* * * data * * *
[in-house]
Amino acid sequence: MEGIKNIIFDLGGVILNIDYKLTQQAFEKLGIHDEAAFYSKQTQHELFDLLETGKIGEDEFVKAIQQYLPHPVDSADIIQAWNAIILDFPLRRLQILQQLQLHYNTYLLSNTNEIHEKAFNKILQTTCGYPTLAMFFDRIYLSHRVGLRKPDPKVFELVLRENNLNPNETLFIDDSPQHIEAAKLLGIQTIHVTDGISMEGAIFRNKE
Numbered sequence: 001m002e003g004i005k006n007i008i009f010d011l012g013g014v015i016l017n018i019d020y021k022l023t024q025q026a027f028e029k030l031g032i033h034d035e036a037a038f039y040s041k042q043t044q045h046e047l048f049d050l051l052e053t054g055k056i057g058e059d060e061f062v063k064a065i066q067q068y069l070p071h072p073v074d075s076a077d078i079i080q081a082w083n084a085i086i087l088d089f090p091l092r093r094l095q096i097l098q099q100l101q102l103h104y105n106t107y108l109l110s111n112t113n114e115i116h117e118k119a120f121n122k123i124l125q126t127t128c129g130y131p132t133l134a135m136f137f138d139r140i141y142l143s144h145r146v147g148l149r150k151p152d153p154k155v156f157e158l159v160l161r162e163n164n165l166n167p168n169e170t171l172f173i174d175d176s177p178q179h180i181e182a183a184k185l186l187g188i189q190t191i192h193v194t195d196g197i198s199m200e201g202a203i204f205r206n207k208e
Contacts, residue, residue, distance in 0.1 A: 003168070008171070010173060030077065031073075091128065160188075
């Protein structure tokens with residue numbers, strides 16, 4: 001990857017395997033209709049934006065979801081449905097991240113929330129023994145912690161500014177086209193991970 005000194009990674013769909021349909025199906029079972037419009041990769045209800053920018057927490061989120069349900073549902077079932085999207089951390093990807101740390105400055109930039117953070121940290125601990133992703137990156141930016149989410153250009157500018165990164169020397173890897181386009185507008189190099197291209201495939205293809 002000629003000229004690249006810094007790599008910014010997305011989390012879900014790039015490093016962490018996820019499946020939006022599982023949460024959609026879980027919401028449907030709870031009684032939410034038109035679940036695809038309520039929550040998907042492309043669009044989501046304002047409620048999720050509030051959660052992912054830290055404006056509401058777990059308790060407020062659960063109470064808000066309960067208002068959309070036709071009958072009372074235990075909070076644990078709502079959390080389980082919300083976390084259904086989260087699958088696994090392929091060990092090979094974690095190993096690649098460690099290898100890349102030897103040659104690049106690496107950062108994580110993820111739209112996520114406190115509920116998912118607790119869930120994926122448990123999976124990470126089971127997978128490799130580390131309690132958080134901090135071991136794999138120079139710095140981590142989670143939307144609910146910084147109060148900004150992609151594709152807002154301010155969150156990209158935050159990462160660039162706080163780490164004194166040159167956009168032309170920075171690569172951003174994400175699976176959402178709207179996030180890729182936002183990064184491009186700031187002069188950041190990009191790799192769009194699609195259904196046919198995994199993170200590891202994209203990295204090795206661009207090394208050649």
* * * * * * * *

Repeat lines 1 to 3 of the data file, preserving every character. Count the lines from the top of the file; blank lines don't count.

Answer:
[in-house]
Amino acid sequence: MEGIKNIIFDLGGVILNIDYKLTQQAFEKLGIHDEAAFYSKQTQHELFDLLETGKIGEDEFVKAIQQYLPHPVDSADIIQAWNAIILDFPLRRLQILQQLQLHYNTYLLSNTNEIHEKAFNKILQTTCGYPTLAMFFDRIYLSHRVGLRKPDPKVFELVLRENNLNPNETLFIDDSPQHIEAAKLLGIQTIHVTDGISMEGAIFRNKE
Numbered sequence: 001m002e003g004i005k006n007i008i009f010d011l012g013g014v015i016l017n018i019d020y021k022l023t024q025q026a027f028e029k030l031g032i033h034d035e036a037a038f039y040s041k042q043t044q045h046e047l048f049d050l051l052e053t054g055k056i057g058e059d060e061f062v063k064a065i066q067q068y069l070p071h072p073v074d075s076a077d078i079i080q081a082w083n084a085i086i087l088d089f090p091l092r093r094l095q096i097l098q099q100l101q102l103h104y105n106t107y108l109l110s111n112t113n114e115i116h117e118k119a120f121n122k123i124l125q126t127t128c129g130y131p132t133l134a135m136f137f138d139r140i141y142l143s144h145r146v147g148l149r150k151p152d153p154k155v156f157e158l159v160l161r162e163n164n165l166n167p168n169e170t171l172f173i174d175d176s177p178q179h180i181e182a183a184k185l186l187g188i189q190t191i192h193v194t195d196g197i198s199m200e201g202a203i204f205r206n207k208e